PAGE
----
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Fitting out guide

2017 March 1

Get your boat shipshape for the year with our tips for annual maintenance

Spread sails out to examine them inch by inch at the beginning of the season. You can spot holes, snags or weak spots in spinnakers by floating them and back-lighting them to see where light shines through the fabric.

Check the sails

A sailboat with an engine problem is not good. A sailboat with no working sails can be worse. Find a friend and dedicate an afternoon to an inspection of your complete sail inventory. A wide patch of lawn where you can stretch them out is ideal. On the mainsail and headsails, check the stitching on the rings and webbing straps and inspect sails for wear, particularly in the areas of the spreaders and shrouds. Batten pockets and stitching on slugs and slides should be carefully examined on mainsails as well. Check that all telltales are still attached and replace them if necessary.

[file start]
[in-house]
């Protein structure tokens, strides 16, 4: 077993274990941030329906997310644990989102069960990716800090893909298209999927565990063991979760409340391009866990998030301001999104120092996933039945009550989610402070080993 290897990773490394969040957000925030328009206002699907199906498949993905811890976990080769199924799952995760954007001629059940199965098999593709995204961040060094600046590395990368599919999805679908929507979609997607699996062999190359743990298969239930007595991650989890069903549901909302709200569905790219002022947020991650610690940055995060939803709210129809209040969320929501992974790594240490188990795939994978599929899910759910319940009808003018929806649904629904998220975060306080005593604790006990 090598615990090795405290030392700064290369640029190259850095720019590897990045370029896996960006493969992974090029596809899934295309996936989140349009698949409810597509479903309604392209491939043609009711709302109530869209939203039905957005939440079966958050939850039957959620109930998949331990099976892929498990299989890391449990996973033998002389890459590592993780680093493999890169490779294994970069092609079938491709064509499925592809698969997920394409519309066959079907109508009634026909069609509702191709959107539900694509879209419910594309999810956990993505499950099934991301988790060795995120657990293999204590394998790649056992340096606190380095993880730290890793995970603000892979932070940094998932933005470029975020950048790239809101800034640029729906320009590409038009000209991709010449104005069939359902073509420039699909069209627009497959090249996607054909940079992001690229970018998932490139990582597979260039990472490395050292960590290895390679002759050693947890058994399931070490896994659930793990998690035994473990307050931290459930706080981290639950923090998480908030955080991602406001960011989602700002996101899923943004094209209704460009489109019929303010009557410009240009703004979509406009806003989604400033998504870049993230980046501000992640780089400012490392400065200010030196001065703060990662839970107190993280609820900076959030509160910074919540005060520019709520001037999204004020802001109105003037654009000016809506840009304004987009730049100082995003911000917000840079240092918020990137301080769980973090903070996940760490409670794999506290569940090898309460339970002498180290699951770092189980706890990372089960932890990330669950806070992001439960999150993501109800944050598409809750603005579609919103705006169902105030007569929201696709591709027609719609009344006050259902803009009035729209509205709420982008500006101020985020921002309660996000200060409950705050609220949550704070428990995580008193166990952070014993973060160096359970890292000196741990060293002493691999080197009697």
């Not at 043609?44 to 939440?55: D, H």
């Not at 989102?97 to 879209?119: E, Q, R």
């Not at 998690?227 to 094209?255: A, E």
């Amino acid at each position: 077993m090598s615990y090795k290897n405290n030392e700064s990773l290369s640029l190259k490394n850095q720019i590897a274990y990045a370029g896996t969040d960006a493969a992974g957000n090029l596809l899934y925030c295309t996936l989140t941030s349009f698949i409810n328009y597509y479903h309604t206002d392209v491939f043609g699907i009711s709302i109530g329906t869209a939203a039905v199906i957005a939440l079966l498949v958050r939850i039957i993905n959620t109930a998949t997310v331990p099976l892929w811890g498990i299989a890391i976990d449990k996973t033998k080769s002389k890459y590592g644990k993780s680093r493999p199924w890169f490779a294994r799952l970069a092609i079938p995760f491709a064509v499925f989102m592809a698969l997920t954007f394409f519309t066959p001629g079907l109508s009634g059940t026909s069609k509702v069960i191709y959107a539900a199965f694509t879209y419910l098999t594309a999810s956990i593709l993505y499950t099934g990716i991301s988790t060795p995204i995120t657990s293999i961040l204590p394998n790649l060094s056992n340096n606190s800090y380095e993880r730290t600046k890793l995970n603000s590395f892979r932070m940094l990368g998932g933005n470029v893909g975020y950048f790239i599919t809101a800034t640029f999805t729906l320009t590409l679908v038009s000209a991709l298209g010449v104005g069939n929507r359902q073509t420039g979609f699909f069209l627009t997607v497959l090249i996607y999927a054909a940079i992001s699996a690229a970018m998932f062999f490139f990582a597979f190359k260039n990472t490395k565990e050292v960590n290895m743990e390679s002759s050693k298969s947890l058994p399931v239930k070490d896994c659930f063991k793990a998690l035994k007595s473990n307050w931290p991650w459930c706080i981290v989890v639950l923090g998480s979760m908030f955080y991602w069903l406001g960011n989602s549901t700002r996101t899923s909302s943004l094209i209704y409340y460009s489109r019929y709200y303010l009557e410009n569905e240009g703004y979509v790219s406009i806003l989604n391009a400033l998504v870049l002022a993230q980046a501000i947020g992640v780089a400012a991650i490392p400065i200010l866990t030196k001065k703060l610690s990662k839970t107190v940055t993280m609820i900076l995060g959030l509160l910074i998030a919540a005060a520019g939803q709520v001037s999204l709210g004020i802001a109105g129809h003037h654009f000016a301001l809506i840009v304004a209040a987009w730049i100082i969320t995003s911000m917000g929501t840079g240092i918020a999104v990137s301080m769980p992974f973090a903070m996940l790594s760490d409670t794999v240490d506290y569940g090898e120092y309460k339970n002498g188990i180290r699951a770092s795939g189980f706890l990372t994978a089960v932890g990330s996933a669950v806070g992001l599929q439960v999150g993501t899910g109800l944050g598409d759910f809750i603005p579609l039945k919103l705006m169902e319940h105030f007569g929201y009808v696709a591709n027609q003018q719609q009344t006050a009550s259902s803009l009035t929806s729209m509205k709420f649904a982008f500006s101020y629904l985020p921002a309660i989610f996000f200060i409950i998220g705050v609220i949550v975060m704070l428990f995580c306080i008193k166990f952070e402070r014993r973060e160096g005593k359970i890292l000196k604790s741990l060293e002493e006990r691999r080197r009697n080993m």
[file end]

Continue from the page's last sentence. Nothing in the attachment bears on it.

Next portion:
Roller-furling headsails with UV covers should be carefully checked as old stitching can break and cause the whole cover to break open. Sailmakers check the fortitude of stitching by using an awl or ice pick to try to pop open a stitch. If it’s in good shape, the stitching won’t break. If it’s in bad shape, it’s time to send the sail to the sailmaker to be restitched. 

Spinnakers should be examined for snags and tears and this is easiest to do by floating the sail up in the air to backlight it. Light will shine through weak or torn spots. Very small tears in low-stress areas can usually be fixed with a bit of nylon sail tape but larger tears or those in high-stress areas of the sail should be sent to the sailmaker for a proper repair. Take note of snags and try to figure out how they might be occurring as they can point to errant cotter pins or pinch points on the boat that should be addressed.

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